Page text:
In an article published in the March 2017 issue of Mayo Clinic Proceedings, Mary L. Marnach, M.D., a gynecologist, and Rochelle R. Torgerson, M.D., Ph.D., a dermatologist, both at Mayo Clinic in Minnesota, offer successful treatment options for postmenopausal women with vulvovaginal conditions. These therapies address chronic, uncomfortable vulvovaginal conditions that may interfere with sexual intercourse and lead to cancer. They also discuss lichen simplex chronicus, lichen sclerosus and lichen planus.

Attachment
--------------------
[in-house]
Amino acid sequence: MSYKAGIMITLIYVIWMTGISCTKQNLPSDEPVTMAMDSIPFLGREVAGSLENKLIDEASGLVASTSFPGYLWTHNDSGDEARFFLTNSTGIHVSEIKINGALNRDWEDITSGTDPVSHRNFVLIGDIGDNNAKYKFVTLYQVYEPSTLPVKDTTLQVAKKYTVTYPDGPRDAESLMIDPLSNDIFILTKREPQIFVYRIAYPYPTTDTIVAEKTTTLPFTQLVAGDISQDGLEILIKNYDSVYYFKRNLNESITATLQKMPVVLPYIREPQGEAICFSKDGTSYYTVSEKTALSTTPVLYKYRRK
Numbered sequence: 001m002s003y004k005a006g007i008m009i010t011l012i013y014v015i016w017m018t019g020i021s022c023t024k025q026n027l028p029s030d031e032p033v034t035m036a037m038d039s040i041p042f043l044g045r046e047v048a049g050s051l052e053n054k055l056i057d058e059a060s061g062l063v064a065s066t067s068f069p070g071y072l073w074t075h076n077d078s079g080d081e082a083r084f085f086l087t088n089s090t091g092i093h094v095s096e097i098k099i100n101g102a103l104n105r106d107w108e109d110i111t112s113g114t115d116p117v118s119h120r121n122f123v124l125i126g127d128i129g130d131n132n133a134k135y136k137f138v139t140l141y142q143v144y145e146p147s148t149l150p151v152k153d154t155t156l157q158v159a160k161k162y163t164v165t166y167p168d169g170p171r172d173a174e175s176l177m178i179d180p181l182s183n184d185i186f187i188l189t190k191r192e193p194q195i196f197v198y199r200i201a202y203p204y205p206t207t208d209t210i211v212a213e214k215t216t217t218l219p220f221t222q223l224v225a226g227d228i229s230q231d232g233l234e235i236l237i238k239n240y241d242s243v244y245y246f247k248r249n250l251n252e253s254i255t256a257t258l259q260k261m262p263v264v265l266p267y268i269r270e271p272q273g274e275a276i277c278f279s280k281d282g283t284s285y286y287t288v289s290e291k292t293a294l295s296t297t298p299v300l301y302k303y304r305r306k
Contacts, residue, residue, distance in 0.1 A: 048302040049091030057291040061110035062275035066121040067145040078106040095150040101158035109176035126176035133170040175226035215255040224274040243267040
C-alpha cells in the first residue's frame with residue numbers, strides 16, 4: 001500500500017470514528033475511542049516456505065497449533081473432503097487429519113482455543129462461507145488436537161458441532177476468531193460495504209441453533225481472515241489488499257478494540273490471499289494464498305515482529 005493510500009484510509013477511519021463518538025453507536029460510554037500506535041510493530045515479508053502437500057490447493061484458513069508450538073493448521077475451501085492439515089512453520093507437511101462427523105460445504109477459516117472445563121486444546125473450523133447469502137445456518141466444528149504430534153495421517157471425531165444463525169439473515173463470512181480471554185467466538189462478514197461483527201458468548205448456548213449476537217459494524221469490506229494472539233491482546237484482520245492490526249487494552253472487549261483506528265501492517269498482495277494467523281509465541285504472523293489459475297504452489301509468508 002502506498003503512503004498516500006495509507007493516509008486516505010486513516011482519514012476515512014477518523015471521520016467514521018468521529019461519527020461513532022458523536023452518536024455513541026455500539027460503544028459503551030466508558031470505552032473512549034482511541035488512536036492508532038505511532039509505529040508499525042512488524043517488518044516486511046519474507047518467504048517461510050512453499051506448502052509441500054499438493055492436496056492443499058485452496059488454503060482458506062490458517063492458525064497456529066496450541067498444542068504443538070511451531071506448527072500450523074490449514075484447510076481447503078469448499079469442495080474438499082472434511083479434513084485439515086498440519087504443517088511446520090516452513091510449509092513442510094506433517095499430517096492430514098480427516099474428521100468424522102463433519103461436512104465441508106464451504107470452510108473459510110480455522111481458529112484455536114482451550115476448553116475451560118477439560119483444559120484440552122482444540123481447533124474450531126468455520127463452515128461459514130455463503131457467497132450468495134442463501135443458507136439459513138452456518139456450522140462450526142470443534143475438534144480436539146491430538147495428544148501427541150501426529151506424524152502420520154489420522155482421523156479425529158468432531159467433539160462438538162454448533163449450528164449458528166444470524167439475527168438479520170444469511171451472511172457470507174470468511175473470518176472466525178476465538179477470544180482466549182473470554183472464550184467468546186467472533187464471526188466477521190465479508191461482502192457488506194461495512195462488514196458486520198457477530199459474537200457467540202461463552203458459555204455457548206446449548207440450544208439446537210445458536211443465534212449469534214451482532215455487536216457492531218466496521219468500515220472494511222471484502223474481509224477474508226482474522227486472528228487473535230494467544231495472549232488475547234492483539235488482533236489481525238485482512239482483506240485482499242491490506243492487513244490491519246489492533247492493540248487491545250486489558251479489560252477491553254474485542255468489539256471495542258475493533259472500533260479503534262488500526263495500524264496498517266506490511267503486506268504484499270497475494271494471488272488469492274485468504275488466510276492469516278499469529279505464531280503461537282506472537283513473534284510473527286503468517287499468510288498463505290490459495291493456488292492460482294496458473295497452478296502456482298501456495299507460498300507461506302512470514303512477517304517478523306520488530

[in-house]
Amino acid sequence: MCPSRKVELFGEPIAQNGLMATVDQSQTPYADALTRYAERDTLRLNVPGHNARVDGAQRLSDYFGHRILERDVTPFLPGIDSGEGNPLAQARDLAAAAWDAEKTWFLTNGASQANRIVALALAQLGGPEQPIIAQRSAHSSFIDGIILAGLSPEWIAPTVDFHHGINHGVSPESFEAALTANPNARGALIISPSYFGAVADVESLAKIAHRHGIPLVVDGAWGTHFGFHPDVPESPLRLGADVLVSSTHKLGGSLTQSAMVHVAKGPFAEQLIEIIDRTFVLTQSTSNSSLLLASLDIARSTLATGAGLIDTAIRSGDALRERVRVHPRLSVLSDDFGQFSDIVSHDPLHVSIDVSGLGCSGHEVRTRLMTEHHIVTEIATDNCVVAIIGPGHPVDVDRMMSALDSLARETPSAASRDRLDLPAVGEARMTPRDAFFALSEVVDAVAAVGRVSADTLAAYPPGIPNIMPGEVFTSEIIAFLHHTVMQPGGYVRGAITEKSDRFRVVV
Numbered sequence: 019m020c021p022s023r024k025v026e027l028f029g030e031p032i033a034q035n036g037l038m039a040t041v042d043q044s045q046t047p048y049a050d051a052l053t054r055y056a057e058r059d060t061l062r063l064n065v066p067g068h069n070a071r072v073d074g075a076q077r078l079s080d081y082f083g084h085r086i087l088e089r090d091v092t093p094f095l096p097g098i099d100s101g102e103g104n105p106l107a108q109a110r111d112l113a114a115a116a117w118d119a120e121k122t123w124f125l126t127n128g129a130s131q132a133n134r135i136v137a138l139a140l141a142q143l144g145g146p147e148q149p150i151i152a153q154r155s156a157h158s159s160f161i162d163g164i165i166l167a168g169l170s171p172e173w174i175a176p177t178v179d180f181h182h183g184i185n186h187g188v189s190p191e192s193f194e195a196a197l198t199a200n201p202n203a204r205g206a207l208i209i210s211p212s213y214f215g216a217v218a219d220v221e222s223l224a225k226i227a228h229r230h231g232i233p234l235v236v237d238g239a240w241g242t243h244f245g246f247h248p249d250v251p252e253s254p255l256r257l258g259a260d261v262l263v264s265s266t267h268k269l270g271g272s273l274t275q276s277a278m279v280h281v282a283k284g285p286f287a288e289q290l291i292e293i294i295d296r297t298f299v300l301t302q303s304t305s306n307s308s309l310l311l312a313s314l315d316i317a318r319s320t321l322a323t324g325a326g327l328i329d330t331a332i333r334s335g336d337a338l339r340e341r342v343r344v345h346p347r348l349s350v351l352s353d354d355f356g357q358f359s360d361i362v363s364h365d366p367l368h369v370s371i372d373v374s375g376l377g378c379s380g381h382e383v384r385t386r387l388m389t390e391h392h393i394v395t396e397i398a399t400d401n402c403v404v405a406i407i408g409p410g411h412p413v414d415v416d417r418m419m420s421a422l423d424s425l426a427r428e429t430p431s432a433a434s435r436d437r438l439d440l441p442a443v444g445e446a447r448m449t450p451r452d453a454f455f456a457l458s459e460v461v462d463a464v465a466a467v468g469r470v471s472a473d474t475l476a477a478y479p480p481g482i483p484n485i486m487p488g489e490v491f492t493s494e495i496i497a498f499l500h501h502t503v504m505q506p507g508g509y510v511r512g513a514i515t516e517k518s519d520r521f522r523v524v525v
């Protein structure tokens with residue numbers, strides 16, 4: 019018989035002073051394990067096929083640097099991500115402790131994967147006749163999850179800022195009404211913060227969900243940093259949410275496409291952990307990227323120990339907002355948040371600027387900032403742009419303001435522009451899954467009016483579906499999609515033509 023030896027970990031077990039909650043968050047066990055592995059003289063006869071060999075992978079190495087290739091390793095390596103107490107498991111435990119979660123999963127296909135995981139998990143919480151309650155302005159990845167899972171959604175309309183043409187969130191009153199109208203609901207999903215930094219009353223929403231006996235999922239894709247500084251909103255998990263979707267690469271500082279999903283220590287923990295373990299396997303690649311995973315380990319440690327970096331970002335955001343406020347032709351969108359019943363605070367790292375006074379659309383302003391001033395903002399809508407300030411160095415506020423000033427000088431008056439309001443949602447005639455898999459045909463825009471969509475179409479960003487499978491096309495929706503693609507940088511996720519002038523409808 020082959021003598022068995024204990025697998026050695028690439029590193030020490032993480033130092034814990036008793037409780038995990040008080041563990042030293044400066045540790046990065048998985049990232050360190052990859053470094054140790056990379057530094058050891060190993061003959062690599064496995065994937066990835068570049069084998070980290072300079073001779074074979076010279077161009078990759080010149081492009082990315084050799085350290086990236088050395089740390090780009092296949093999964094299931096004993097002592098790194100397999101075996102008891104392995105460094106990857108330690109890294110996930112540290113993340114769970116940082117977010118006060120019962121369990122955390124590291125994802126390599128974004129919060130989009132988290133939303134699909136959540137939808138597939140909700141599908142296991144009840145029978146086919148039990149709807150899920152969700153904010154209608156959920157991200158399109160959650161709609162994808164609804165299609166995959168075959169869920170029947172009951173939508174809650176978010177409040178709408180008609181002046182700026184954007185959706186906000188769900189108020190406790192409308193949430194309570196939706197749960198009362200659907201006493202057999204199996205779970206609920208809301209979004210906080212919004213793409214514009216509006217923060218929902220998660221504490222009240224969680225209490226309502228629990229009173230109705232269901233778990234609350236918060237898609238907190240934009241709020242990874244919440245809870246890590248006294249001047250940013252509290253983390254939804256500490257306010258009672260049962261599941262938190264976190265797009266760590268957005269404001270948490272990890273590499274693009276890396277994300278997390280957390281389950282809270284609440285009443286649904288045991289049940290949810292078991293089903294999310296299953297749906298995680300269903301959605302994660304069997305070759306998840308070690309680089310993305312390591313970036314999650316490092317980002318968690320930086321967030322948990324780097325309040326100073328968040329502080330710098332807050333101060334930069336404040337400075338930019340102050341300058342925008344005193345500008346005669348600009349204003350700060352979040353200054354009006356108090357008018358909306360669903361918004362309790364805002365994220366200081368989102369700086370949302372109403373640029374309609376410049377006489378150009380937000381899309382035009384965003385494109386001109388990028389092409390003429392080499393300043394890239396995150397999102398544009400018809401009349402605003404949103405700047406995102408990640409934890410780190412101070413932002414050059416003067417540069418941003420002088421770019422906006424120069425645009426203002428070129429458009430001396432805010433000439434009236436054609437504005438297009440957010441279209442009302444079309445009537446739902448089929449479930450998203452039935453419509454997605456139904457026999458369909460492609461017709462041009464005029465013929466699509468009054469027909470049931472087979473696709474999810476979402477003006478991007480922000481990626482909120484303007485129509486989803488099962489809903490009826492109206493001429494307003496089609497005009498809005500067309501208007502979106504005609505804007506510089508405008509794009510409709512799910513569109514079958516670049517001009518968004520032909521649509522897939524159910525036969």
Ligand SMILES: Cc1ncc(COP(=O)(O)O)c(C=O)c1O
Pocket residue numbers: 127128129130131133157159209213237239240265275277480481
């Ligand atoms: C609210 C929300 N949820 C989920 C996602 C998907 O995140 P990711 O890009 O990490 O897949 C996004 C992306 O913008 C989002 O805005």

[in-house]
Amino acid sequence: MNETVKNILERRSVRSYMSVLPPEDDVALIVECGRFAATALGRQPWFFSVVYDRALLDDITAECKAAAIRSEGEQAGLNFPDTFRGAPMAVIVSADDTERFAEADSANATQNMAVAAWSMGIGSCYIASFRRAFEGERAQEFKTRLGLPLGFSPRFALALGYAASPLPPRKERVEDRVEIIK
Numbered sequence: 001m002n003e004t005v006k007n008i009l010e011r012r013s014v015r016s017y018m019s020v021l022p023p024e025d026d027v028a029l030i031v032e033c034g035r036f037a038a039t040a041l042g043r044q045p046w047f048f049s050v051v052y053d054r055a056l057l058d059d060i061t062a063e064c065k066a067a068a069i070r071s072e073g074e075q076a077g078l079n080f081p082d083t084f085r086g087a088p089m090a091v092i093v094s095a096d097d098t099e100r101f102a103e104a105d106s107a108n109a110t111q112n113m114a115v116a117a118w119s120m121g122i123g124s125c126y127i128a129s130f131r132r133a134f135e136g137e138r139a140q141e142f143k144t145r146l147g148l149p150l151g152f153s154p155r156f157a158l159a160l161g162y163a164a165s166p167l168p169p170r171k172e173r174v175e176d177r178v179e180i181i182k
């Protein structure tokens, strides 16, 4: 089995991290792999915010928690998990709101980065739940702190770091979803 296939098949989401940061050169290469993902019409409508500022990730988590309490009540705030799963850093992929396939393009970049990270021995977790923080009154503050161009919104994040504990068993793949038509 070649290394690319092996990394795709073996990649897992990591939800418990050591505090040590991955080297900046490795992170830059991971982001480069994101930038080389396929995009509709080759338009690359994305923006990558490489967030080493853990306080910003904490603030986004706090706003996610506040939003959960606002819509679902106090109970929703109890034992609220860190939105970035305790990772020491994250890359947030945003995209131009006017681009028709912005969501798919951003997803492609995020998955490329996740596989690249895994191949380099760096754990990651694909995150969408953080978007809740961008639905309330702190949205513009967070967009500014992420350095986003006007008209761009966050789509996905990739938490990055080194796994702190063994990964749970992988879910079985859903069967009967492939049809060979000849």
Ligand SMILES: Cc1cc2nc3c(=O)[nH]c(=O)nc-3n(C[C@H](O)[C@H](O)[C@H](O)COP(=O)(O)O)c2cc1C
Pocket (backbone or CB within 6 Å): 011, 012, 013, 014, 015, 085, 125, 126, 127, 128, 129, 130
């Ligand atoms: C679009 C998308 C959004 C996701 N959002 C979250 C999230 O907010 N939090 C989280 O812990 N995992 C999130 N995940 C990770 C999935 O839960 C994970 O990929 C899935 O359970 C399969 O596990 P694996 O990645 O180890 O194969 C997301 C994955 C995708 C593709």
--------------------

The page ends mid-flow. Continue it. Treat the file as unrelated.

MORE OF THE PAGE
I'm Mary March back. I'm one of the o p g. I s here at the Mayo Clinic. I'm Michelle Torture said I'm a dermatologist here at the Mayo Clinic, and we're here today to talk to you about our article Volvo Vaginal issues in Mature Women. The article is a result of us working together, You know, Evolve, our dermatology clinic that we've had together over the past few years. It's worked out very well because we can combine our expertise, uh, to take care of women with challenging vocal vaginal issues as they age. So the article starts out talking about a very common thing that we see in gynecology, especially called the genital urinary syndrome and menopause. We used to call it bubble vaginal atrophy. Um, and the reason that name was switch were because of a two organizations in the United States and worldwide decided that it should be renamed. Um, I think they gave it a gentler name, but essentially, it comes down to a very common condition in women as they age. Um, we know that at least 50% of women, as they get into menopause will complain about things like painful sex vaginal dryness, irritation with urinating, that sort of thing, and that can very much be helped by using vaginal estrogen, which is usually applied to the vagina and topically, to the N treatise or the opening of the vagina, Um, twice per week. The problem is that when you look at this overall, only about 7% of women tend to use their vaginal estrogen like we recommend. But it's still probably is the best therapy that we have for that condition. And so we're big advocates of that. The article then goes on to talk about three of the conditions that are often seen not only by gynecologist but dermatologists as well. And those are liken sclerosis, likened Simplex Cronicas, which is a bit of a variation of a dermatitis as well as like unpleasantness. The first two are by far the most common Black and planets is much less common, starting with lichens simplex cronicas. This is thought to be the result of a multifactorial irritation of the skin. It simply gets to the point where probably a little bit of one thing, such as dryness, with a little bit of maybe irritation from a soap or laundry detergent starts to snowball to the point that women get impressive itch and a good itch scratch cycle that is hard to break develops. Women are very uncomfortable and have, like in simplex Cronicas, and one of the key things in their history is they may scratch at night when they don't even know they're doing that. Or they may wake up at night having blood on their underclothes. We suggest for those patients that we address any irritants that can be removed and then treat with a mid to high potency topical cortical. Steroids liken. Sclerosis is a disease that also has it, but it's a slightly different type of itch. It's not an itch where someone is driven as much to scratch. Liken sclerosis is unfortunate, though, because it can be a progressive disease. We can get architectural alteration and liken sclerosis that can lead to despair. Ania or DC area and patients with liken sclerosis of the vulva do have an increased risk for squamous cell carcinoma of the vulva. Somewhere in the range of about 5%,, it isn't very important to identify these women to develop a treatment plan. The gold standard for treatment is close to zero appointment and then to realize that not only do you treat in the acute setting, but you need to develop an ongoing maintenance program for these women. So I think it's really important at the beginning of treating these women to explain to them this is a chronic condition and therefore it needs chronic therapy. Lifelong So often the patient stops the medication, and that's the wrong thing to do. In working with Dr Torgersen as well, I've learned that it's important to realize we can use long term, high dose steroids in an appointment form to the vulva and even inter vaginally on a long term basis. We just tend to cut back the usage to about 2 to 3 times weekly if the disease is quite stable. But it's a common thing for doctors not to understand that they can continue those steroids in ointment for long term to the balls without a risk. And and it really helps slow down the architectural changes, as Dr Gerson mentioned and then also treats the disease. We're also starting to get results from research that show that with chronic ongoing management, we seem to reduce the overall risk for squamous cell carcinoma. So the condition at the end that we talk about is, I think, one of the most challenging that I see in gynecology called like complaints. It's rare, thank goodness, but for the women that get it, it's very debilitating. So it's important that we're able to recognize the condition and we've included pictures of that so that the clinician can understand what it looks like because often patients will tell us together that they have seen numerous physicians and providers who didn't realize they were looking at like complaints. And unfortunately, it's also an autoimmune condition that's chronic. It can be treated, but it can't be cured. And it causes significantly erosive changes to the opening of the vagina, as well as inter vaginally and about 70% of women that develop it. And I think it's important to recognize, too, that they can have it in other areas of the body, so it really can be sort of a systemic looking disease. But it is so important to get the woman to buy into again things like clo beta cell therapy or tackle emails that are going to be very helpful to use long term, it again to carries the risk of about 3 to 5% chance of malignancy, so it needs to be followed very closely and treated aggressively. Management of like implants can often involve multiple physicians. That has to do with the fact that it can affect multiple areas. So as far as genital disease like implants can affect the vulva on the external genitalia. But it can also affect the vagina. Other areas. Scalp and hair, skin, eyes, ears, mouth, trachea, esophagus, fingernails and toenails. And so it's important when you're seeing a patient with, like implies, to make sure you ask about these other areas. Often, if a patient is coming to you as a provider about a genital condition, they aren't going to spontaneously share with you concerns about these other areas of their body. And I think it's so important to realize in women, too, that they'll often present to us with some closing of the vagina and explain that they can no longer have intercourse, which we can imagine would be life altering. And so again, aggressive therapy is important. Sometimes will attempt to open up that stenosis through some of our euro gynecology colleagues, although the like of planets is without a doubt the most challenging of these diagnoses, both in making a diagnosis and managing the disease. The first three conditions we talk about are typically a little more straightforward and often if you have a good initial treatment plan in place relatively easy to manage their the types of things that primary care providers should feel comfortable diagnosing and treating. And with that said, if they've treated the patient and they're not responding, we are very happy to see them to deal with this together because we do see the more complex and challenging cases. I think it's important at first to recognize that these conditions, while they're challenging to treat they, are treatable. We have good therapies, even though we can't hear them. I think it's important to educate the patient as best we can. I would say there are probably 22 roadblocks in a way to helping patients with these diseases. Sometimes it's actually getting them to someone who understands that the disease is manageable. Sometimes patients will hear what we can't do anything for that, and I think that's true and that we can't cure it. But It's certainly not true. As far as management, we can help patients manage the disease. The next roadblock is what Dr Martin referred to earlier, which is that there is a lot of misunderstanding about the use of high potency corticosteroids. Patients will get feedback from many directions, sometimes from their pharmacists, when they go to fill their prescription, sometimes from another physician who sees that they have the long term use of a steroid on their medication list. And it simply is important to understand that different areas of our body and skin respond to corticosteroids differently. So when we're treating these genital diseases were applying the high potency critical steroid to mucous membrane. Mucous membrane is very resistant to side effect from high potency corticosteroids. If we use a treatment plan where we use it frequently in the beginning to gain control and then back off our frequency for maintenance, we can use these types of medications long term without running into side effects. So in addition to the use of the corticosteroid, I feel fairly strongly as a gynecologist with the topical estrogens are also helpful being used along with the steroids, so many of our patients use both both the topical estrogen as well as a corticosteroid appointment. The interesting thing is that the topical estrogen estrogen, I think, have come back into play more years ago, it was thought that those were treatment for these diseases. We now understand they don't treat the disease. But I like to describe to patients that once we use the estrogen, we really get more youth and poof and resilience back into those tissues, so it makes it easier for us to manage the disease with our corticosteroids. Therefore, women can go on, and many of them with these conditions can have comfortable intercourse. And they really get part of their life back that they might have been missing. We hope you found this presentation from the content of Mayo Clinic proceedings valuable. Our journal's mission is to promote the best interests of patients by advancing the knowledge and professionalism of the physician community. If you are interested in more information about us, our homepage is www dot mayo clinic proceedings dot org. There you will find access information for our social media content, such as additional videos on our YouTube channel or journal updates on Facebook. You can also follow us on Twitter. More information about health care at Mayo Clinic is available at www dot mayoclinic dot org. This video content is copyrighted by Mail, Foundation for medical education and Research.